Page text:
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Its funny how in all the deer anatomy diagrams they show the heart to be BETWEEN the front legs and behind bone.

When we shoot a deer, we shoot it BEHIND the front leg and for some strange reason it always blows the heart in half. Everyone I know has had the same experience.

But I've also heard people say you have to break the spine for a neck shot. I aint seen that problem either. Shoot them anywhere in the muscle above the windpipe and they will drop instantly.

Maybe our deer are built differently out here.

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Old November 19, 2010, 12:28 PM   #36
Art Eatman
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relaoder28, you're bound to have seen the gazillion photos of the wound cavities in gelatin from testing, haven't you?

When you hit the muscle adjacent to the spine, the impact disrupts the spine and/or the spinal cord and down goes Bambi. He might not be instantly dead, but everything in his body has quit working--most generally, forever.
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Old November 27, 2010, 12:55 AM   #37
rburch
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Yeah I've pretty much settled on neck shots. Well unless it's something special that I know I plan to get mounted.

My brother got a 14 point buck first day of rifle season this year. He sure didn't go for a neck shot.
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Old November 27, 2010, 10:50 AM   #38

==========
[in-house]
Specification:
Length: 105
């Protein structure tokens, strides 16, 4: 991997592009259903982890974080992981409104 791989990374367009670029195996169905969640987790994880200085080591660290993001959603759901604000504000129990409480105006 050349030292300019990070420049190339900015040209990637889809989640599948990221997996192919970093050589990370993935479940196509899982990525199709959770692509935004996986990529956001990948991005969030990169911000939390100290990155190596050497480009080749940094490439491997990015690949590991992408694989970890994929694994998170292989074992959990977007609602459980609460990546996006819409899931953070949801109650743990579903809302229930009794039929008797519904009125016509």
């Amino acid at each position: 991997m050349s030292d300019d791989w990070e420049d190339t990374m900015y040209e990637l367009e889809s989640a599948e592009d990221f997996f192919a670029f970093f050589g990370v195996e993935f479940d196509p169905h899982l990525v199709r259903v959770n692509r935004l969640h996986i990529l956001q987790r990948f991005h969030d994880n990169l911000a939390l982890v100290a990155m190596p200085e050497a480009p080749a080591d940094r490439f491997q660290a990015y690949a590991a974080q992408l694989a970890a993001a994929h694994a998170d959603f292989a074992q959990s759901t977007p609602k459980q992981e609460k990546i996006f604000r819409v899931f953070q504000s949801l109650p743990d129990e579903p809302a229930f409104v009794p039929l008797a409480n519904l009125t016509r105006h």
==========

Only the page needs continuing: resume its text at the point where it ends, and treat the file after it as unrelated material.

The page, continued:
Ryanfromcanada
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There is no problem shooting heavy deer with that round. Buddy i hunt with shot one up the pooper and it was done. he Shot a buck the year before with one and it was Drt. These are north central ontario deer. The does here are as big body wise as most of the bucks down south. We shoot 160 pound does fairly regulary and somtimes heavier. That round wont have any problems killing big deer
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Old November 27, 2010, 04:43 PM   #39
Kreyzhorse
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You can never go wrong with the lung / heart shot. A good lung shot will get your deer every time.
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Old November 27, 2010, 07:02 PM   #40
HiBC
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I went to the .257 rather than the 243.I have never used a 243.My comment will apply to either.
Its easier to shoot precisely with a rifle of very modest recoil.